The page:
Physicists have cooled single atoms and molecules with two or three atoms to just a few thousandths of a degree above absolute zero, but it has proved hard to push larger molecules below about 10 degrees Kelvin. In the 15 December Physical Review Letters, researchers report cooling large organic molecules to less than 0.1 K using a technique that should also work with proteins and other biomolecules. Temperatures this low will allow scientists to study molecular structures and chemical processes with unprecedented precision and perhaps explore novel issues of fundamental physics.
In spectroscopy, researchers measure the characteristic frequencies at which molecules emit or absorb light in order to investigate their structure. Low temperatures improve the precision of spectroscopy by reducing the motion and vibration of the molecules, thereby reducing the extent to which the Doppler effect changes light frequencies.
Precise spectroscopic measurements might also allow physicists to test the limits of current theories, says Bernhard Roth of the Heinrich-Heine University in Düsseldorf, Germany. For example, he suggests comparing the energies of spectral features in molecules that are identical except for being mirror images of each other. No one has ever found such an energy difference between left-handed and right-handed molecules–a so-called parity violation. But this indirect effect of the weak nuclear force might show up if the experiment were sensitive enough.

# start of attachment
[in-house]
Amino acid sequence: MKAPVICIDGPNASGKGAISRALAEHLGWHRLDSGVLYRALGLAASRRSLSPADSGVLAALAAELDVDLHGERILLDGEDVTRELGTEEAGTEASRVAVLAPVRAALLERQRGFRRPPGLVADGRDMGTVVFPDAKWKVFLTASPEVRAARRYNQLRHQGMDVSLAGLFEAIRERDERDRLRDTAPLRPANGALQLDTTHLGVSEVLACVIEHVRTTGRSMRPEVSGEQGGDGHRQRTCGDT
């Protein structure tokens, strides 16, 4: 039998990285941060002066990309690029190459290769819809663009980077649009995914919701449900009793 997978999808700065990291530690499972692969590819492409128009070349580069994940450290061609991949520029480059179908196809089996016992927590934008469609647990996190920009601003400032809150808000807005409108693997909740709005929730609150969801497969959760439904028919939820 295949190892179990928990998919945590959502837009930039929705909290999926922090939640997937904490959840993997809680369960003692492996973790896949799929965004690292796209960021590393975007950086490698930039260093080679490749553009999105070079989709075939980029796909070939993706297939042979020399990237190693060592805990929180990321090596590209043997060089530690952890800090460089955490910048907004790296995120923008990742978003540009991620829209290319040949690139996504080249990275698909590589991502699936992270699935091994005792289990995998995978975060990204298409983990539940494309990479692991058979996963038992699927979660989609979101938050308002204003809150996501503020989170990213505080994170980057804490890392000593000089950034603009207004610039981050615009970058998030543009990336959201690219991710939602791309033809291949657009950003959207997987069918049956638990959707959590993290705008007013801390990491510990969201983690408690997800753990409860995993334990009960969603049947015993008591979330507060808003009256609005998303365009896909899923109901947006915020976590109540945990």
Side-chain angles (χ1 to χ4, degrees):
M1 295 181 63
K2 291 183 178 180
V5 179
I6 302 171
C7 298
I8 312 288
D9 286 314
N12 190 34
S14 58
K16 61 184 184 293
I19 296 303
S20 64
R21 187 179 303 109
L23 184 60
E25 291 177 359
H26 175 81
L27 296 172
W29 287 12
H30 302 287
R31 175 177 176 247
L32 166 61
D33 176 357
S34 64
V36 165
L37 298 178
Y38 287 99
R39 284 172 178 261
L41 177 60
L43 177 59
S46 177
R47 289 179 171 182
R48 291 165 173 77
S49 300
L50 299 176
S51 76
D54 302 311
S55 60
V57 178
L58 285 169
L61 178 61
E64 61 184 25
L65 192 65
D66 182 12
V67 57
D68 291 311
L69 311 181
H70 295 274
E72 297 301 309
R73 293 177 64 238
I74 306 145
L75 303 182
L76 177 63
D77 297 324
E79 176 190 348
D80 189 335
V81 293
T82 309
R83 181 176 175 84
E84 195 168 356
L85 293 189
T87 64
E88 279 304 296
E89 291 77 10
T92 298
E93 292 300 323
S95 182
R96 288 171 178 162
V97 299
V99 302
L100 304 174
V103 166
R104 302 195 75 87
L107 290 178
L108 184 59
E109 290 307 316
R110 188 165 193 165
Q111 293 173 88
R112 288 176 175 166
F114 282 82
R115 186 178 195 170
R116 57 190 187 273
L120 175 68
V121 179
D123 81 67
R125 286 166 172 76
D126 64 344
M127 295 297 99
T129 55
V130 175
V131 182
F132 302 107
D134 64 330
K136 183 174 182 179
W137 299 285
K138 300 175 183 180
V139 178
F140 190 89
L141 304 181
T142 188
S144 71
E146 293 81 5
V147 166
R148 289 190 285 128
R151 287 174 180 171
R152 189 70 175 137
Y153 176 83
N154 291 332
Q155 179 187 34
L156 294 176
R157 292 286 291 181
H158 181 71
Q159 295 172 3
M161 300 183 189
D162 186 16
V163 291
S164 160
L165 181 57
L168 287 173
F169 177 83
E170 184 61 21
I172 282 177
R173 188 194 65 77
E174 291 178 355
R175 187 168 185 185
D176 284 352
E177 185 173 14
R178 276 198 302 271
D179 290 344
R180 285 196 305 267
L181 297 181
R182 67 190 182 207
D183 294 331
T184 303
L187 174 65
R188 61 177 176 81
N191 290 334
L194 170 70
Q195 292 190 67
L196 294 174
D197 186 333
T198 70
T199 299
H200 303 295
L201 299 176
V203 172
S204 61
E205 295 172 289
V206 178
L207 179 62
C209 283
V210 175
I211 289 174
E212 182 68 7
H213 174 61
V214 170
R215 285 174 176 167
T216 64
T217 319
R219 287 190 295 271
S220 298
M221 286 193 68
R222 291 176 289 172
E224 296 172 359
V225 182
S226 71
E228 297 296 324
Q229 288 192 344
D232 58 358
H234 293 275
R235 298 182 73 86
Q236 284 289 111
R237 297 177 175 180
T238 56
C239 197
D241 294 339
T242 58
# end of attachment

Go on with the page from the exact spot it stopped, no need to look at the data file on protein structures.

Cooling large molecules is difficult because they can move and wriggle in many different ways, each of which must be brought under control. Roth and his colleagues chilled a dye called Alexa Fluor 350 (AF), a molecule with 42 atoms, using a technique called sympathetic cooling. They trapped positively charged AF ions in a geometrical arrangement of electromagnetic fields, then added barium ions to the trap. To cool the barium ions, they used a standard technique in which laser illumination of a chosen frequency forces the ions to repeatedly absorb and emit photons, losing a little energy on each exchange.
Because both the barium and AF ions are positively charged, they repel each other. The lighter barium ions accumulated at the core of the trap, while the AF ions formed a shell around them. As the warmer AF ions moved about, they jostled the cooler barium ions via the repulsive force between the two types, transferring energy to them. “The heat taken out of the molecular motion is permanently taken out by the laser,” Roth explains. In a matter of minutes, the barium ions reached 25 millikelvin (mK), while the AF ions got to 95 mK.
The technique can be applied to any molecule that can be charged, Roth says. “In the future, we’d like to cool even heavier molecules, such as proteins or polymers.” The cold molecules can stay in the trap for hours or even days at a time, allowing researchers to study the progress of certain internal processes, such as some very slow electronic transitions. “This is a very nice paper,” says Hans Schuessler of Texas A&M University in College Station, whose group has cooled fullerenes to about 14 K with a similar technique. “It has been an interesting subject for a long time, but now it comes slowly to fruition.”